Why is China Turning up the Heat on Taiwan? A Debate
Beijing’s political and military pressure on Taiwan has been growing markedly, and some statements by senior Chinese leaders suggest a growing impatience for reunification. These developments have spurred an American debate over the effectiveness of long-standing US cross-strait policies. But whether and how to adjust US policy depends critically on assessments of Beijing’s motivations and intentions. Have Chinese leaders given up on peaceful reunification? Are they likely to attack Taiwan once they sense a favorable military balance? Or are they reacting to perceived Taiwanese and American actions while looking for reasons not to use force?
On July 7, 2021, the Center for the National Interest hosted a debate between leading experts over why China is turning up the heat on Taiwan.
• Oriana Skylar Mastro is a Center Fellow at Stanford University’s Freeman Spogli Institute for International Studies, where she works primarily in the Shorenstein Asia-Pacific Research Center and in the Center for International Security and Cooperation. She is also a Non-Resident Senior Fellow at the American Enterprise Institute.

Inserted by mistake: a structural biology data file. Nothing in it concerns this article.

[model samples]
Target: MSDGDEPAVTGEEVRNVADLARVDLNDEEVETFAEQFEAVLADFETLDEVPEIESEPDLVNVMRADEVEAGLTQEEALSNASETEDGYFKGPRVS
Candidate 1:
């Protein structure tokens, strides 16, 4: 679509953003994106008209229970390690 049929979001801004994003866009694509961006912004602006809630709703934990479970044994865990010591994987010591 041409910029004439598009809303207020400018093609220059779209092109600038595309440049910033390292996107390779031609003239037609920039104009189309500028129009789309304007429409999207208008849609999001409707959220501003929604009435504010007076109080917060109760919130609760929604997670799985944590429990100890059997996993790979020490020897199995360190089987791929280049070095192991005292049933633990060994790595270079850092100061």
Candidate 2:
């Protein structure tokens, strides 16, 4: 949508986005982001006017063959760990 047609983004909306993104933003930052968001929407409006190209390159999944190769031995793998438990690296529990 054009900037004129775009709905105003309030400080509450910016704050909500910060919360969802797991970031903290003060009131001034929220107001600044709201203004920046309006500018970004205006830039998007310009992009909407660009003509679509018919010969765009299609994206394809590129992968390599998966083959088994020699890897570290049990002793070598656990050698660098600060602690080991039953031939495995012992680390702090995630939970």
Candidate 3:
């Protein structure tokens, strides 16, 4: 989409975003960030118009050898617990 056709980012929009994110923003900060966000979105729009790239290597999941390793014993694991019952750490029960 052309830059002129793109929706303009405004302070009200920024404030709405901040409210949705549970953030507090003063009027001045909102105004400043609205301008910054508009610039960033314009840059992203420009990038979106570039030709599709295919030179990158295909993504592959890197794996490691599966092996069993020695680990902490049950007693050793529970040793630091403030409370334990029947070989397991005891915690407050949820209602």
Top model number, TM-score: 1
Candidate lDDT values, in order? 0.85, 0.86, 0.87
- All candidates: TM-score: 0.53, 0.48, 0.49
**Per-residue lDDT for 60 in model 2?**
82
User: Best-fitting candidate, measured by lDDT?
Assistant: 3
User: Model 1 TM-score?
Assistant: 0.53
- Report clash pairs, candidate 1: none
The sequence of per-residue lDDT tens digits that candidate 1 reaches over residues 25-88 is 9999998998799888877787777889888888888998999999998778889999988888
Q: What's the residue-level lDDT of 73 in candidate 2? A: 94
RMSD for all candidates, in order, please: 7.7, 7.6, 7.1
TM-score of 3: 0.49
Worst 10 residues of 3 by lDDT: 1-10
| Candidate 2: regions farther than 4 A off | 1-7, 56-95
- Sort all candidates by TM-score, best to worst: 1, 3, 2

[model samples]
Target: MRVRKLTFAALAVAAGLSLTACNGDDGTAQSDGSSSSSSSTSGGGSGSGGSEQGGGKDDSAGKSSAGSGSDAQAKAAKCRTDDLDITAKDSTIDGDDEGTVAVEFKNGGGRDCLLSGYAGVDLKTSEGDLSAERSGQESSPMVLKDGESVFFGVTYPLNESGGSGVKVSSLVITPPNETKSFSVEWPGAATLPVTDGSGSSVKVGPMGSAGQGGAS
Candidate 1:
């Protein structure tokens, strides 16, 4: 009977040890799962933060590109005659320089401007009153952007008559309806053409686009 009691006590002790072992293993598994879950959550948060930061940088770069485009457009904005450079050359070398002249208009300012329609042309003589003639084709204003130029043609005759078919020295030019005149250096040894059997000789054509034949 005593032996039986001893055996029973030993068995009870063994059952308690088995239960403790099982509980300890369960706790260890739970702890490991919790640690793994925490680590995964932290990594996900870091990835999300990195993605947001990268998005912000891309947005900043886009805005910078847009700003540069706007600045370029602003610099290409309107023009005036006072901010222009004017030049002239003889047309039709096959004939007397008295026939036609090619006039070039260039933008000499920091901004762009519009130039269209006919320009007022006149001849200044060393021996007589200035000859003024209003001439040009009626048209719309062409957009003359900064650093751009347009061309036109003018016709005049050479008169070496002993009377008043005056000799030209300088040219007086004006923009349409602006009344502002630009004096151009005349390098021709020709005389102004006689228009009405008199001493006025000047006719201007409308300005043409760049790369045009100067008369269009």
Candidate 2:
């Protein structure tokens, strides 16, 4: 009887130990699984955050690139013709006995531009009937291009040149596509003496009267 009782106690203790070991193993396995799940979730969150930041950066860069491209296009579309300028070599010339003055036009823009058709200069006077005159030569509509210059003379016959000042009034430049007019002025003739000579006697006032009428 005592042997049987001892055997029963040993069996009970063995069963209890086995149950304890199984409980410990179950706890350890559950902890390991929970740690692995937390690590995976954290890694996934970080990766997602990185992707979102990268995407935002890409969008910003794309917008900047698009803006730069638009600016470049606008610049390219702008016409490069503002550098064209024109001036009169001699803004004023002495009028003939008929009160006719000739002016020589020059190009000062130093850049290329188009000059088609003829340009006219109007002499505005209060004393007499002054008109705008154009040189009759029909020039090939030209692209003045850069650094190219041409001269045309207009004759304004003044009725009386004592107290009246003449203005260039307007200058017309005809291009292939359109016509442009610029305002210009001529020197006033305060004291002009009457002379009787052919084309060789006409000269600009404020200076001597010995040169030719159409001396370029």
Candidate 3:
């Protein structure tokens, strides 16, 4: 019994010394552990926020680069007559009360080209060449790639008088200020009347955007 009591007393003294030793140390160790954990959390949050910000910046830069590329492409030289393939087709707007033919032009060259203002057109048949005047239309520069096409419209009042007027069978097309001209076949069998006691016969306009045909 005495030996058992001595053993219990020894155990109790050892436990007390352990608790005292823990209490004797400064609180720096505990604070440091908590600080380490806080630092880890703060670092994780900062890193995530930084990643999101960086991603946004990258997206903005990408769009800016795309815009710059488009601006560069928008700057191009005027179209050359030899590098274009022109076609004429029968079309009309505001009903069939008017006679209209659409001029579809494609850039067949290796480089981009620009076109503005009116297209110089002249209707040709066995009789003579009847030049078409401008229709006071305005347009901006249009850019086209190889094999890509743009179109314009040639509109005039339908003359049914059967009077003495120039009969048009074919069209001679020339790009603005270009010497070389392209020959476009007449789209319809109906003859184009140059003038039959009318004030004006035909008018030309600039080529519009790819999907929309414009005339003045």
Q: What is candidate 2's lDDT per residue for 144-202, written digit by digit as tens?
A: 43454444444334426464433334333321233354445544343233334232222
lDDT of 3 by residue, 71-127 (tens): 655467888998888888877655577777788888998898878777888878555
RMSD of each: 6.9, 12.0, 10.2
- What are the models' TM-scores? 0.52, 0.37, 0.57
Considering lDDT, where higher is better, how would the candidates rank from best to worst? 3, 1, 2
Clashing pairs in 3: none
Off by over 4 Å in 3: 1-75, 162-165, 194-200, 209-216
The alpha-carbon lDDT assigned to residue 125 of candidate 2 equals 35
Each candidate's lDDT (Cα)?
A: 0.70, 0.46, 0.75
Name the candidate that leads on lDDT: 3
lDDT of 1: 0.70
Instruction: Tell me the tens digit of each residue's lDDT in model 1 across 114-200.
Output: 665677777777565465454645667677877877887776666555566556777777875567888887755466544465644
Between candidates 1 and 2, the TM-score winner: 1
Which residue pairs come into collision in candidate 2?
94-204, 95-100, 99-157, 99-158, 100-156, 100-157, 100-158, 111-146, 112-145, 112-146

• David Stilwell was Assistant Secretary of State for East Asian and Pacific Affairs from 2019 to 2021. He previously served as the Defense Attaché at the U.S. Embassy in Beijing, as the Director of the China Strategic Focus Group at U.S. Indo-Pacific Command in Hawaii, and as an Adjunct Senior Fellow at the East West Center in Honolulu.
• Paul Heer is a Distinguished Fellow at the Center for the National Interest. He served for 30 years as an analyst in the U.S. government, having worked as an analytic manager and member of the Central Intelligence Agency’s Senior Analytic Service prior to becoming NIO for East Asia, a position he held from 2007 to 2015. He was a Visiting Intelligence Fellow at the Council on Foreign Relations from 1999 to 2000, and was elected a Life Member of CFR in 2001.
• Lieutenant General Wallace ‘Chip’ Gregson, Senior Director for China and the Pacific at the Center for the National Interest, and a former Assistant Secretary of Defense for Asia and Pacific Security Affairs, moderated the debate.